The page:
• Holly Williams June 13, 2013, 9:01 am

    Dude, you’re awesome.

    I’m currently reading, “Mirror, Mirror, Off the Wall: how I learned to love my body by not looking at it for a year” by Kjerstin Gruys. An excellent read, especially for those that have battled not only self-image problems but eating disorders as well.

    • Josh Hanagarne June 13, 2013, 10:36 am

      Glad to hear it. I get asked for recommendations like this at the library fairly often. Will keep this in mind.

  • Beth Gainer June 13, 2013, 10:25 am

    Hi Josh,

    I’ve been enjoying seeing your success as an author. I agree with you. Seeking fame is an empty ambition. It is nice, however, to recognized for a job well-done. But fame? Not a goal in and of itself.

    • Josh Hanagarne June 13, 2013, 10:35 am

      Absolutely. I do of course love that the book is being well-received and it’s fun to see the hard work validated.

  • Aaron Cance June 13, 2013, 1:14 pm

    I’m chiming in, Josh, to confirm your opening statement that writers are way down on the list of “recognizable” celebs, and to confirm, also, that you’re spot on in pointing out that writing’s not the way to find this attention. One of the best parts of my job is entertaining authors visiting Salt Lake for signing events. This usually includes taking them out on the town afterward for drinks, food, or both. Not one single time has anyone noticed who they were sitting next to – not even the time that the writer in question was a Pulitzer Prize winner with multiple books. If I mentioned his name in this space, I’m betting that nine out of ten of your readers would recognize the name (having read him or not), but, physically, he was invisible. In all fairness, I’ll close by noting that I work in the industry, and read quite a bit, and I’m pretty sure that I wouldn’t have spotted any of these writers either.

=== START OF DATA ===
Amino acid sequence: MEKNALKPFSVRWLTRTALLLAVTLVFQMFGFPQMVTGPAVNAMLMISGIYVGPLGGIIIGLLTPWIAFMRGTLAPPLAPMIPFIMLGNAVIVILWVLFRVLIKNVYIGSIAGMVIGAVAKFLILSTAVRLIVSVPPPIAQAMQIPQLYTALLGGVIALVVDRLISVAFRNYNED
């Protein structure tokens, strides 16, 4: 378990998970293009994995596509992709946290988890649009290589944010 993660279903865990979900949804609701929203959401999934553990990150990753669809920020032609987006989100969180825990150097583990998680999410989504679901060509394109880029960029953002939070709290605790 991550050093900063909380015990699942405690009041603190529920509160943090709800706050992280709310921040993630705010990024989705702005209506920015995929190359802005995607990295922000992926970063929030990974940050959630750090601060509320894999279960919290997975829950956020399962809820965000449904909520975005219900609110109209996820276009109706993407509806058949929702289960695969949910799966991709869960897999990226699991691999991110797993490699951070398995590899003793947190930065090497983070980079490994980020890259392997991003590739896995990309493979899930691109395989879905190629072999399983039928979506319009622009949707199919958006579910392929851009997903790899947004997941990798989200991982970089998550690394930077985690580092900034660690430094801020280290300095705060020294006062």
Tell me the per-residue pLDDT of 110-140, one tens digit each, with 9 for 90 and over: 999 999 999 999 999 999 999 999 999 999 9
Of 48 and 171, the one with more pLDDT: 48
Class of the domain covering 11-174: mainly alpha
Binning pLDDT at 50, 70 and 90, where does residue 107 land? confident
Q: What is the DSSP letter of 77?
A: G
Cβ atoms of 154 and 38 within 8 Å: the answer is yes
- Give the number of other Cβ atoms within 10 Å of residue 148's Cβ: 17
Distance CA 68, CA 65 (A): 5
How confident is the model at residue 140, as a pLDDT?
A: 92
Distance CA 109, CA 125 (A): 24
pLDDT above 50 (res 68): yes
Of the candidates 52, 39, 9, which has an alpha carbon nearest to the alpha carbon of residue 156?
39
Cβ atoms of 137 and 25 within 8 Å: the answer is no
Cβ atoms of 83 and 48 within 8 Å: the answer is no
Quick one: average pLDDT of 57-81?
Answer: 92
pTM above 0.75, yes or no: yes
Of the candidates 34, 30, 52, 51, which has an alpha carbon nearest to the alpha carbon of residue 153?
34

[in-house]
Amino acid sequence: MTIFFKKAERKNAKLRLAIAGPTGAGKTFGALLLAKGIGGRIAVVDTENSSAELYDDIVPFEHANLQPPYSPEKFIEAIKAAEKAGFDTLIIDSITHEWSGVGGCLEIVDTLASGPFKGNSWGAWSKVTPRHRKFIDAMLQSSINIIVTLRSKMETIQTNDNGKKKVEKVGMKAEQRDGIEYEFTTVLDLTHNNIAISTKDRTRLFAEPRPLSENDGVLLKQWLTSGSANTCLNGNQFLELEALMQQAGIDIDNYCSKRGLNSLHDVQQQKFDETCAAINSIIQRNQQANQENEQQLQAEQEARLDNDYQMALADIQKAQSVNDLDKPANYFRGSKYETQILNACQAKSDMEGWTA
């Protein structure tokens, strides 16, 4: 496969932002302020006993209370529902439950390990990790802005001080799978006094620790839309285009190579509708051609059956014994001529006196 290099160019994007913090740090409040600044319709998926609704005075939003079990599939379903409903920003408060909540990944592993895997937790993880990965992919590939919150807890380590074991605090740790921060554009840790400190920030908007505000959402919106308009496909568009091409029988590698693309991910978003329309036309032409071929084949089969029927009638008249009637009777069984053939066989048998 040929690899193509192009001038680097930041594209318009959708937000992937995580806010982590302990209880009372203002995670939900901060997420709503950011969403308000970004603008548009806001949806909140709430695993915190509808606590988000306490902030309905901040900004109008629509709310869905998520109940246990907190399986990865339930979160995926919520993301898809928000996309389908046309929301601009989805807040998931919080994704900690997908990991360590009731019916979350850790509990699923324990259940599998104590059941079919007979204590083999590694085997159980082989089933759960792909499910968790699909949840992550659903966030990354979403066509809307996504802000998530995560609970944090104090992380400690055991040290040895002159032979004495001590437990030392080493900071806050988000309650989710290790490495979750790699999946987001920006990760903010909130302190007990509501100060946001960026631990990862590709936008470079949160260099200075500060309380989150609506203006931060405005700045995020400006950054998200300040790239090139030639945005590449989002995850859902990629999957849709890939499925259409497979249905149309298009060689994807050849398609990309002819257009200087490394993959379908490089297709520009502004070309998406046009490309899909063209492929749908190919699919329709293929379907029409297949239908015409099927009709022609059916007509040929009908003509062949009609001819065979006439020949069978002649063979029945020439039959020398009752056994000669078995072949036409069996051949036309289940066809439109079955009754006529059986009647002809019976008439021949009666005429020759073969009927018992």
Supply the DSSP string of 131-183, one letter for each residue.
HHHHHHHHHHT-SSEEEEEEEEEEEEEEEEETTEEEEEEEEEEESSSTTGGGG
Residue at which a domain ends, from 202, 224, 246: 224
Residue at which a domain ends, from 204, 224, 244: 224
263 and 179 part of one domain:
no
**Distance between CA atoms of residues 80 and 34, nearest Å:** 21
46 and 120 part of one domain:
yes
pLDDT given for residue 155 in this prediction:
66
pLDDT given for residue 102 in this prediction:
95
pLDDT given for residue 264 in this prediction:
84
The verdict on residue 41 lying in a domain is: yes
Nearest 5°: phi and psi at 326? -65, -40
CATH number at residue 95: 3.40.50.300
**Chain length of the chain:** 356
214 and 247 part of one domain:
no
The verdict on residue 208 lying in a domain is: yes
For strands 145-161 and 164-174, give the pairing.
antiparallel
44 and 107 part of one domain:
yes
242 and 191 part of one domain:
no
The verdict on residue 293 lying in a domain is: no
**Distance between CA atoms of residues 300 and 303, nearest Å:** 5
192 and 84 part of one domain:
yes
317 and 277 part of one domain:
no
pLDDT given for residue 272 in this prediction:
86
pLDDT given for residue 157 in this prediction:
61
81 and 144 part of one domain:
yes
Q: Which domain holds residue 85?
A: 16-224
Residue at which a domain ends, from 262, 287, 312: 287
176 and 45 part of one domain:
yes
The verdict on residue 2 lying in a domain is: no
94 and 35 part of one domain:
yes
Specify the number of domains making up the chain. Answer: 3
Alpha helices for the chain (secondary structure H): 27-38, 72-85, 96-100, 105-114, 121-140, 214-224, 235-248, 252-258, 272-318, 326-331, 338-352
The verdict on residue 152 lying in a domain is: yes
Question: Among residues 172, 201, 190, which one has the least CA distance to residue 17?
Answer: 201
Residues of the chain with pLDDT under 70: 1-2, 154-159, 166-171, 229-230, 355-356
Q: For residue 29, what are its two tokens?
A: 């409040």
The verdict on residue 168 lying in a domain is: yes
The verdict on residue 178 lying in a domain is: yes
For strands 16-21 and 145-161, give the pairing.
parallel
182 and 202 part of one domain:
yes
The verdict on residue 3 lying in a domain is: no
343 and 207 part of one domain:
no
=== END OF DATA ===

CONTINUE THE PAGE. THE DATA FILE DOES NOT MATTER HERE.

My apologies for the long post, but it’s an interesting subject.

  • Gillian June 13, 2013, 7:09 pm

    Hi Josh,
    Well, I just finished your wonderful book last night! I work in a library (as a library assistant), and was immediately drawn to the title. Memoirs are my favorite genre, and yours was different than any I’d read before. There’s nothing like reading about someone else’s life to make you think about your own.
    Today I started “Hedge Britannia” by Hugh Barker, a lighthearted look at the history of hedges in the UK (Yes, really).
    Can’t wait to hear about your next book.

    • Josh Hanagarne June 13, 2013, 8:17 pm

      Hi Gillian, I’m curious, why is memoir your favorite genre? I actually don’t read very many.

      • Gillian June 14, 2013, 10:13 am

        Hi Josh,